My Daily Record Column for today
IMAGINE you woke up one morning to find out someone offered your country enough money to fund the health service for an entire year.
Then you read every political party, bar one hardline grouping, have put up their collective hands and said: “No, we’re fine, our indebted country and creaking health system doesn’t want the money. You keep it.”
This is what has happened in Ireland, a country where GPs can charge you 50 euros for turning up at the surgery and people long ago stopped believing in pots of gold at the end of the rainbow.
The European Commission have ruled that Apple, the makers of mobile phones and laptops, paid less than one per cent tax on European profits for years through their Irish base.
By 2014, Apple were paying 0.005 per cent tax on European profits.
Sweet, if you are Apple. Sour when you consider that is 50 euros tax on every million euros in profit generated.
Commissioner Margrethe Vestager said the arrangement with the Irish government is illegal under state aid rules and Apple must pay Dublin 13billion euros and the interest on top.
Apple’s billions in back taxes could build 100,000 homes for the poor or pay off a chunk of the nation’s debt.
The trouble for Ireland is that Ireland doesn’t want the money.
For 40 years and more, the cornerstone of Irish economic policy has been a low corporate tax rate that attracts inward investment.
The iPhone-makers are one of more than 700 US companies who have a European foothold in Ireland. They employ a combined 140,000 people across the island.
So, do you want the 13billion euros or not?
Go look up the answer at Google or ask a friend on Facebook, or any other multinational using an Irish stepping stone.
The sound of hand-wringing in the Dail, Ireland’s parliament, can be heard this side of the Irish Sea.
Most commentators, as far as can be fathomed, back the Irish government’s stance to appeal the decision.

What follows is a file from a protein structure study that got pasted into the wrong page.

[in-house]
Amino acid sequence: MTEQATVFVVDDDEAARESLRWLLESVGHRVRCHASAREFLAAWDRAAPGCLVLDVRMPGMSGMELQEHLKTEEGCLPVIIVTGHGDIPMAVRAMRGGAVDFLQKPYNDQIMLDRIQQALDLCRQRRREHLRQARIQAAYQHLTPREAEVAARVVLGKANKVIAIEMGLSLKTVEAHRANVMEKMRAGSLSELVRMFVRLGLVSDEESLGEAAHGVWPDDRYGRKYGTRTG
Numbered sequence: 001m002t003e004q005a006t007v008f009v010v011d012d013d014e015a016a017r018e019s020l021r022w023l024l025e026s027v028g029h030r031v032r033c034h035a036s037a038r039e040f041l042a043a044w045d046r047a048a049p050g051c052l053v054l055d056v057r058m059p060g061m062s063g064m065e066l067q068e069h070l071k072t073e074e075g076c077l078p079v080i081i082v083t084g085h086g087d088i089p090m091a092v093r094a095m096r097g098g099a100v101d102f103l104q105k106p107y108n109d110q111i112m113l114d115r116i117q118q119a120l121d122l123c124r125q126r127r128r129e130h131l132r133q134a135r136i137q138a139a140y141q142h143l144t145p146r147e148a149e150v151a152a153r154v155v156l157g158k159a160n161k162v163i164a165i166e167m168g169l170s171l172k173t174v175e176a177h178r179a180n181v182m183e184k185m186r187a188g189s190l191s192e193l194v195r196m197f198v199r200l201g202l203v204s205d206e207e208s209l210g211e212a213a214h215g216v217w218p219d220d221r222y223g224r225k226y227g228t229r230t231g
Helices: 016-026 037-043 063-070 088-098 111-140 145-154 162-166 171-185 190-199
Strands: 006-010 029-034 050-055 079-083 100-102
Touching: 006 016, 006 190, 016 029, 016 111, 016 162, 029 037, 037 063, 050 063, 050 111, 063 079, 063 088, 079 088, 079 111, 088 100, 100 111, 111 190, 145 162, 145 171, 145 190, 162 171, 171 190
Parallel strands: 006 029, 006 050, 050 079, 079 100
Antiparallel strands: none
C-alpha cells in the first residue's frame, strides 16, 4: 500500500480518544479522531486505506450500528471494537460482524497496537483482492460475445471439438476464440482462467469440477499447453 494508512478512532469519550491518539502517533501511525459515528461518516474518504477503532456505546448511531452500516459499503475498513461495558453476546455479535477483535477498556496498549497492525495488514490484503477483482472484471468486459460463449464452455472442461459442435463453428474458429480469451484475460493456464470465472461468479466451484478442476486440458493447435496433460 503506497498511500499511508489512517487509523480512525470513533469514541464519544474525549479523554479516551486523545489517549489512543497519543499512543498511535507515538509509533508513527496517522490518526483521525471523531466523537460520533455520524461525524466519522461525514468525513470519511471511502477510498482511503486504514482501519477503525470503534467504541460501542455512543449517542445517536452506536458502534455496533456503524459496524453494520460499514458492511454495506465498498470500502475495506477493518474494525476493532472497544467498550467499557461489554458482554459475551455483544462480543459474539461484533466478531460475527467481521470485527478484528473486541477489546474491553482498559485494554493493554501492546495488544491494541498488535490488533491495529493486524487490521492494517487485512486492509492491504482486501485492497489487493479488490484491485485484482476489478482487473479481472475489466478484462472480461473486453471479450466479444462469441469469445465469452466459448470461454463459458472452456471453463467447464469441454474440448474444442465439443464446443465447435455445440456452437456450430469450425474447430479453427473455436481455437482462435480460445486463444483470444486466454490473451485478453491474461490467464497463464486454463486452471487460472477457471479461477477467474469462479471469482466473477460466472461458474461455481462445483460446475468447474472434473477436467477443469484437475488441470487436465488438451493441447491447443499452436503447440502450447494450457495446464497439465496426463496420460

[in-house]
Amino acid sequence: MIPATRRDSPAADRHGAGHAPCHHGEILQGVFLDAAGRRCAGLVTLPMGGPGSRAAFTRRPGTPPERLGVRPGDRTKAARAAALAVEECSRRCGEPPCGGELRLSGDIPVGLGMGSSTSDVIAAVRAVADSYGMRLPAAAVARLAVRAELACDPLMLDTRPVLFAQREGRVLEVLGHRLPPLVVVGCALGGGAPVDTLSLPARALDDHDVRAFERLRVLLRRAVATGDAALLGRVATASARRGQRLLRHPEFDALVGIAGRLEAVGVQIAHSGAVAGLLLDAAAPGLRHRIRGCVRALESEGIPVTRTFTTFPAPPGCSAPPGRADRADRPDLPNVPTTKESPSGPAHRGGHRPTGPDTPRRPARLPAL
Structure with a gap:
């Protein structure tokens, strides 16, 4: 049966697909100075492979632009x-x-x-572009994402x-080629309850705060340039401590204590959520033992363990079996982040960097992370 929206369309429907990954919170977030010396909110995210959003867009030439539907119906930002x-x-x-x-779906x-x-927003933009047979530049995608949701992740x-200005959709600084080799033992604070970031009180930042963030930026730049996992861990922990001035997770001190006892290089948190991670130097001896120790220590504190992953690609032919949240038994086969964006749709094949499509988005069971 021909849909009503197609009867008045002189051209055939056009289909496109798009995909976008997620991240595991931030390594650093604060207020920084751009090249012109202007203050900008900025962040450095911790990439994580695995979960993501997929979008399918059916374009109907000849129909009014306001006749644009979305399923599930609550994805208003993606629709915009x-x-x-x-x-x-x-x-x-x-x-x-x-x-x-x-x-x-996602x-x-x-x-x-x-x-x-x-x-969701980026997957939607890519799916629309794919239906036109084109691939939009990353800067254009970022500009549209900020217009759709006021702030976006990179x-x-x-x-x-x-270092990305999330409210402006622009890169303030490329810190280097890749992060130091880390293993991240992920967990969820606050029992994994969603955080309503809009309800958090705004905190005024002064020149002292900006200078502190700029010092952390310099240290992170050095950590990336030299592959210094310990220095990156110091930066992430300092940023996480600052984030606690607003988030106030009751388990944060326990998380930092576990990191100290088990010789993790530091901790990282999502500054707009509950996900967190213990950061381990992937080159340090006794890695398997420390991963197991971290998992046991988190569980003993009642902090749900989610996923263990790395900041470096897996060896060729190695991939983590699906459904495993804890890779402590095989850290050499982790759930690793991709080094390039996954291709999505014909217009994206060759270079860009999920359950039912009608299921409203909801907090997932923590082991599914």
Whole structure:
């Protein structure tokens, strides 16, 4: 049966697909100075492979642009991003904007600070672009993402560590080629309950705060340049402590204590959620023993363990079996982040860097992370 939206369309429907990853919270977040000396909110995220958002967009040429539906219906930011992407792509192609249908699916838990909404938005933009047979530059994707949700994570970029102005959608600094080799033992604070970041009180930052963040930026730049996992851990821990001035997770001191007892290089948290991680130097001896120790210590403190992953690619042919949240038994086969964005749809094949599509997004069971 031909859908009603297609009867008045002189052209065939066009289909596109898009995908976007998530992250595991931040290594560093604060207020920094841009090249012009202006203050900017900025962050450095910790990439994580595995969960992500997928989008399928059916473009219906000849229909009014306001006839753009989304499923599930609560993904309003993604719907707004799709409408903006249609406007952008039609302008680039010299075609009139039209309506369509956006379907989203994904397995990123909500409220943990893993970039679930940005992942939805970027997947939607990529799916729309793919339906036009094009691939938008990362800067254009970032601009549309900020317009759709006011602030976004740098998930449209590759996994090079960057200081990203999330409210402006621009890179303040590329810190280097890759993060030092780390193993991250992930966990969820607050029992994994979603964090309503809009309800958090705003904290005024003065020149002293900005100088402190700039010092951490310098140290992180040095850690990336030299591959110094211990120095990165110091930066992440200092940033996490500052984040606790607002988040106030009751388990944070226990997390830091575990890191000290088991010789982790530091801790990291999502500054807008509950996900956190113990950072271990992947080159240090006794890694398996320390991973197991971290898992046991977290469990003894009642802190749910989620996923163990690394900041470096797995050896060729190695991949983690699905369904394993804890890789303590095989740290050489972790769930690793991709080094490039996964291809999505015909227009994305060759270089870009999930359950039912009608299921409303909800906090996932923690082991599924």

Irish finance minister Michael Noonan, vowing to fight Europe on behalf of the world’s richest company, went straight for Ireland’s famine heart.
“To do anything else, it would be like eating the seed potatoes,” he said.
These Irish jobs are at stake and Apple, backed by the US government, won’t brook the European Commission meddling.
For Apple, this is a drop in the ocean. The company generated about $4.45billion a month last year and the back tax – equivalent to about $3000 for every man, woman and child in Ireland – works out at three months of profit.
But no way are the Irish getting a share of Apple’s pie.
Apple chief executive Tim Cook said: “Ireland always does the right thing. You can always count on that.”
If there’s an iPhone app for generating smugness, that guy was the first to download it.
Why should we worry about Ireland’s tax dilemma? Well, I get the feeling whichever direction we turn, Ireland’s breakfast is our dinner.
Just as Alex Salmond sought to emulate the Celtic Tiger across the northern “arc of prosperity” (what a cracker that was) his plan for an independent Scotland depended on facilitating any passing multinational with a lower than UK corporate tax rate.
Events have changed all that and now the entire UK finds itself cast as the continent’s international tax haven.
Eurosceptic Tories have been eager to press Theresa May to offer Apple an even better deal than Ireland does, if that is possible.
I fear that’s what Brexit means on Tory terms, rendering craven homage to global companies and turning your workforce into the cyber-serfs of the 21st century.